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The Yanks won last night in a game that was not Randy Johnson's finest. They are now 30 games over .500 for the first time since 2004 and Joe Torre picked up an individual accolade:

With his 1,068th win with the Yankees, New York manager Joe Torre moved past Miller Huggins for third place on team's all-time list, trailing only Joe McCarthy (1,460) and Casey Stengel (1,149).

The other big news today was something that ReLaunch blogged in the comments. David Ortiz' arrogant and frankly misguided remarks about being deserving the MVP more than Jeter (that was at least the subtext). Jeter, responded the way you would expect him to, with class:

Jeter steered the topic away from the MVP argument. "I am not thinking about the MVP," said Jeter, who extended his career-high best hitting streak to 21 games and is hitting .346, second to Joe Mauer's .350 in the AL batting race..."We are trying to win the [AL East]. No one cares about individual awards."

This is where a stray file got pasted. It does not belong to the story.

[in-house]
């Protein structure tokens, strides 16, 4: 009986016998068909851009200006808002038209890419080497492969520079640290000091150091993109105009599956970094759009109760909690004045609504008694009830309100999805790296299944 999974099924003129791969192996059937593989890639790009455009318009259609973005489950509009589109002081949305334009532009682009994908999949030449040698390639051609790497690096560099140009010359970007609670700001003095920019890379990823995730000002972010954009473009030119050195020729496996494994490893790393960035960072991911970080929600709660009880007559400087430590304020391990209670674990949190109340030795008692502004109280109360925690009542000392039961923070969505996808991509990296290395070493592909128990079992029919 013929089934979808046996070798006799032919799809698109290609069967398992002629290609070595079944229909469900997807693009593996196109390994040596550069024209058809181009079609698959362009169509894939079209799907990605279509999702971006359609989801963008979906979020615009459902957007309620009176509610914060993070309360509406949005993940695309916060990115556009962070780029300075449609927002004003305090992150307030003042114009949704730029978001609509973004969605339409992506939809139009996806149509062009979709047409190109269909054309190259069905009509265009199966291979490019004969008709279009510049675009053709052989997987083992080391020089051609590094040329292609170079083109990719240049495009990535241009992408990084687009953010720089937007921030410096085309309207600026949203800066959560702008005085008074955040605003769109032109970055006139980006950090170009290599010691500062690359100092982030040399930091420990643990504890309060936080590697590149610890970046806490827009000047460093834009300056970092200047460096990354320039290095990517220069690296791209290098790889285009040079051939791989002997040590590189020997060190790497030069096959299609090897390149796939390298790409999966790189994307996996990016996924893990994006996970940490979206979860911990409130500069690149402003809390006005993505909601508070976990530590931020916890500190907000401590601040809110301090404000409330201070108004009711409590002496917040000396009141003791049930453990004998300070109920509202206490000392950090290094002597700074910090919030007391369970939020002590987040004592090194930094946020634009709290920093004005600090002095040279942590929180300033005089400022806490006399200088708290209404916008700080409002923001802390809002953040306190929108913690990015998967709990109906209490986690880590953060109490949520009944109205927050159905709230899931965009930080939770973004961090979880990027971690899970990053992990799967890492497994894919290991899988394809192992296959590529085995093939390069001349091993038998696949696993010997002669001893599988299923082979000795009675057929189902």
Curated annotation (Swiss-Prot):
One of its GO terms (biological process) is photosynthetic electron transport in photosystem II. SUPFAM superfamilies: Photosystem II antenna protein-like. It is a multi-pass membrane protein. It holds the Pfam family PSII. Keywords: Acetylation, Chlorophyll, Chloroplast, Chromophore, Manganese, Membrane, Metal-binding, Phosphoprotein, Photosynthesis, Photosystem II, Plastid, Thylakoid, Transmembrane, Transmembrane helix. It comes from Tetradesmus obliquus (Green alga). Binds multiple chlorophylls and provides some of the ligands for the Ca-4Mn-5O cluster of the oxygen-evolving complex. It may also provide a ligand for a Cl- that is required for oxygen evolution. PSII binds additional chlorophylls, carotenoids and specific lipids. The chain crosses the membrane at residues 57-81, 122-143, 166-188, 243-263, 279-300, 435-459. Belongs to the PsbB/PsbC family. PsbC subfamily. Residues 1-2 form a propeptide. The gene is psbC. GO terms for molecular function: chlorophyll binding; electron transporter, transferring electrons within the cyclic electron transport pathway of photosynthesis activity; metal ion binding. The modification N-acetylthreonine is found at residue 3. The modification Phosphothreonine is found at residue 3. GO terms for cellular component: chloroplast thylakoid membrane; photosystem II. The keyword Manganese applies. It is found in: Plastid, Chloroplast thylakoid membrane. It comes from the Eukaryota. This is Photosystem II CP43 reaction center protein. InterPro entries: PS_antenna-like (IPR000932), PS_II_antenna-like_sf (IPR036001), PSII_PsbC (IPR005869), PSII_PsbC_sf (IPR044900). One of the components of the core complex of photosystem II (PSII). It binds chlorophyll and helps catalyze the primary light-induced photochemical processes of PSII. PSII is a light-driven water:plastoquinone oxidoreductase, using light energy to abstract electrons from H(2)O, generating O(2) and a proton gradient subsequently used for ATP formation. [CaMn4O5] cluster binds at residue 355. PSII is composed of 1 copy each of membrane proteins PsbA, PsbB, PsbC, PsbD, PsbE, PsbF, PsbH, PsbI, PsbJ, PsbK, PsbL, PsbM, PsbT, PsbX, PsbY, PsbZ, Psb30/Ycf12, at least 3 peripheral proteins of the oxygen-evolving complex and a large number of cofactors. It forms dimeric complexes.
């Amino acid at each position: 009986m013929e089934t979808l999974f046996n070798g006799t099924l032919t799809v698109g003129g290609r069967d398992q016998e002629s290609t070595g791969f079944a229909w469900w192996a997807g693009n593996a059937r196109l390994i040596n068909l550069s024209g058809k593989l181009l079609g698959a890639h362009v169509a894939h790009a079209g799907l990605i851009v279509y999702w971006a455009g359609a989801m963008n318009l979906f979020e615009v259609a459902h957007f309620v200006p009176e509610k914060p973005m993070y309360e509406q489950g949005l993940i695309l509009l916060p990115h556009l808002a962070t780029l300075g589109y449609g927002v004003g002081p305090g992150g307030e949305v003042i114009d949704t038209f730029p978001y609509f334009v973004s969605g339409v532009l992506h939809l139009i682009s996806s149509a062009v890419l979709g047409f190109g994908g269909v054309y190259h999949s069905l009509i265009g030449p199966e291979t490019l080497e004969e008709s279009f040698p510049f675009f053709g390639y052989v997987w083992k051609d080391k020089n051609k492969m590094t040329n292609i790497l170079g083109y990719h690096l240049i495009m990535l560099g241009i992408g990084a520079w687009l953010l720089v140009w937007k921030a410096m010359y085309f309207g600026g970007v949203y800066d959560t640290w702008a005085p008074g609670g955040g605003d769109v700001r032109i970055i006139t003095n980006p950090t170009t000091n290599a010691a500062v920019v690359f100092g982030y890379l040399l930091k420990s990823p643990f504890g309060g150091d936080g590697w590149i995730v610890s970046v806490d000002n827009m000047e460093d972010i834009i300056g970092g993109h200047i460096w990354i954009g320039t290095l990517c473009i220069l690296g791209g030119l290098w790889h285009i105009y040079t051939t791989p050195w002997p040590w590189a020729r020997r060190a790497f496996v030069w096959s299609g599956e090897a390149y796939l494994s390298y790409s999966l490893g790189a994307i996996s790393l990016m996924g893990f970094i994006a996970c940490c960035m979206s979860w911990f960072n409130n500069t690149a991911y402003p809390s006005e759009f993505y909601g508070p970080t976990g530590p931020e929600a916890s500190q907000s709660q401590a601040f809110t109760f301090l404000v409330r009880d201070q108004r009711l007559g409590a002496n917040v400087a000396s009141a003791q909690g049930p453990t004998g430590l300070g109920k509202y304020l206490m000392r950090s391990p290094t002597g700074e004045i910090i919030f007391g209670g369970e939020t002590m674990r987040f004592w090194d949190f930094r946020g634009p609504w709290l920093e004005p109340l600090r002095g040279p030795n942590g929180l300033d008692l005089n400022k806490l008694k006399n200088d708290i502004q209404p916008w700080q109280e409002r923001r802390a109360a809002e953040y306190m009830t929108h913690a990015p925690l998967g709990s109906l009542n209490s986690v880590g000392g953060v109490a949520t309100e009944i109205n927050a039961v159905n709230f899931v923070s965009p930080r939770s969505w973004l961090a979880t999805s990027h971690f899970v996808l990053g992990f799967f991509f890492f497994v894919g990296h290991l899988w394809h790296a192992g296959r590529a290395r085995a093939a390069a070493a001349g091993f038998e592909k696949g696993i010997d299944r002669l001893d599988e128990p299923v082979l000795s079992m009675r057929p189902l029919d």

Now a short comment. I've lost a lot of respect for Ortiz. I thought he was different than Manny, in terms of caring about team first. I guess I gave him too much credit.

He also gives voice to what can be so wrong with the culture of baseball. Usually the guys who mash 40-50 home runs like Ortiz win this award, allowing us to conveniently forget that defense and pitching is what wins championships (If we valued defense as much as we claim to, would there be any question as to whether Don Mattingly, with his 9 gold gloves and overall record as one of the best defensive first basemen ever, belongs in The Hall of Fame?--and as for pitching, don't get me started on how Mo should have won 5 MVPs by now).

Derek Jeter is a gold-glove shortstop, while Ortiz is sitting on his ass between innings. But let's also not forget: Jeter leads the league with runners in scoring position, batting .396 in these situations. He has a higher on base %, much higher average, 10 more doubles and 29 stolen bases vs. 1 for Ortiz. Maybe that has something to do with his, unlike Ortiz, keeping himself in better shape than Courtney Love (hint David: lay off the Krispy Kremes).

Winning is about manufacturing runs and saving them, not just hitting the ball over the fence. And it's also about leadership, a trait Ortiz could learn a thing or two about by observing Jeter, instead of belittling him.